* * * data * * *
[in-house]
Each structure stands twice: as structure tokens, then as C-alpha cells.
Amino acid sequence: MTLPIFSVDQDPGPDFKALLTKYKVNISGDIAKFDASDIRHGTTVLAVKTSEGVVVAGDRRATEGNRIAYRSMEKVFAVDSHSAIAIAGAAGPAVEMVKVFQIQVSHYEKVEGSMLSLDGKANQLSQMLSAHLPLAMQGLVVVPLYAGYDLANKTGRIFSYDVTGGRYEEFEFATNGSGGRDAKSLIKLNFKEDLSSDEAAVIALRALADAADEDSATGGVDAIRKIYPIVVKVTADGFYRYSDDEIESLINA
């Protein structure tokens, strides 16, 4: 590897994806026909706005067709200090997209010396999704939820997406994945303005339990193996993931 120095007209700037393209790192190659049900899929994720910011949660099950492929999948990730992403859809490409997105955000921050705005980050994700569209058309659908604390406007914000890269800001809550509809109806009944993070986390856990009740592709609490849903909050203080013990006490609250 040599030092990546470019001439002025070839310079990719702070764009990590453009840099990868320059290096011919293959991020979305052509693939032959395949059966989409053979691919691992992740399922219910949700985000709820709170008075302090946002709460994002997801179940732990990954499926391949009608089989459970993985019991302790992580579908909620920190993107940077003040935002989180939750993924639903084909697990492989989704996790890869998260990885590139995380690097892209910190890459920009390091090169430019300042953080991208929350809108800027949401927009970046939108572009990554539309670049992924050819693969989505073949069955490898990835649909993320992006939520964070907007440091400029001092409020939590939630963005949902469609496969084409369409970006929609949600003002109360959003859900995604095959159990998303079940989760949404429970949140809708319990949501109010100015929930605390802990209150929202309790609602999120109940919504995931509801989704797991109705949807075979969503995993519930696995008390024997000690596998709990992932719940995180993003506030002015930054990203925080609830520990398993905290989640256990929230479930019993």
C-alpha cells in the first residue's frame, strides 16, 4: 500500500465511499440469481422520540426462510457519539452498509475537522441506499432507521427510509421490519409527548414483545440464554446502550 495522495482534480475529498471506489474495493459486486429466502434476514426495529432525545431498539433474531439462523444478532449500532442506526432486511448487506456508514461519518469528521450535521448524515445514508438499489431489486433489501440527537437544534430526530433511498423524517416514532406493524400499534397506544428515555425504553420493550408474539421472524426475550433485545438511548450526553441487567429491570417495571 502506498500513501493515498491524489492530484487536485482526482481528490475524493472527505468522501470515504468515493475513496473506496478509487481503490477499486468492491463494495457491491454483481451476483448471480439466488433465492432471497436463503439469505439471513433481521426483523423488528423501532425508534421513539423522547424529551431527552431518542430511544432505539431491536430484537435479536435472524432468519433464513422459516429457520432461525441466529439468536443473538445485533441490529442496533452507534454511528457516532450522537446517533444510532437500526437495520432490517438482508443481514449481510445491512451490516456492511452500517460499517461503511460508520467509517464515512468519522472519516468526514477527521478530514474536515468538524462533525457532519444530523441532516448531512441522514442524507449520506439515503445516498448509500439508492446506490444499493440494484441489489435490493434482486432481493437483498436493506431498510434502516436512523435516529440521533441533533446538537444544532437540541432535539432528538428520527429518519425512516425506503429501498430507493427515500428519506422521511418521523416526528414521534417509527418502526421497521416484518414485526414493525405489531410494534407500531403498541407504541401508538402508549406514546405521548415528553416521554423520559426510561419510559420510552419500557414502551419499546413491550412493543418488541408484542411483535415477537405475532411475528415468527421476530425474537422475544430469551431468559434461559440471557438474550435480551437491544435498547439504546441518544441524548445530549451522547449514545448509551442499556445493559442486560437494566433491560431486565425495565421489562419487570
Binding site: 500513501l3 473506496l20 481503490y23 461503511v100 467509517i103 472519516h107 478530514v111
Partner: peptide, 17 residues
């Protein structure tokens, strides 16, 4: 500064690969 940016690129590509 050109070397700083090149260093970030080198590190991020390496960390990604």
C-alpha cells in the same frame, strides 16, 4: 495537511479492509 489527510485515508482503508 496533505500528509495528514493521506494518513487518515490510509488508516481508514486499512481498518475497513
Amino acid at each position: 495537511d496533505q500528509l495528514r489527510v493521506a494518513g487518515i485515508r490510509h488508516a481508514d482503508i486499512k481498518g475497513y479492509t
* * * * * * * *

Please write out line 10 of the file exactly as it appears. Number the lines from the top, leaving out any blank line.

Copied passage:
Amino acid at each position: 495537511d496533505q500528509l495528514r489527510v493521506a494518513g487518515i485515508r490510509h488508516a481508514d482503508i486499512k481498518g475497513y479492509t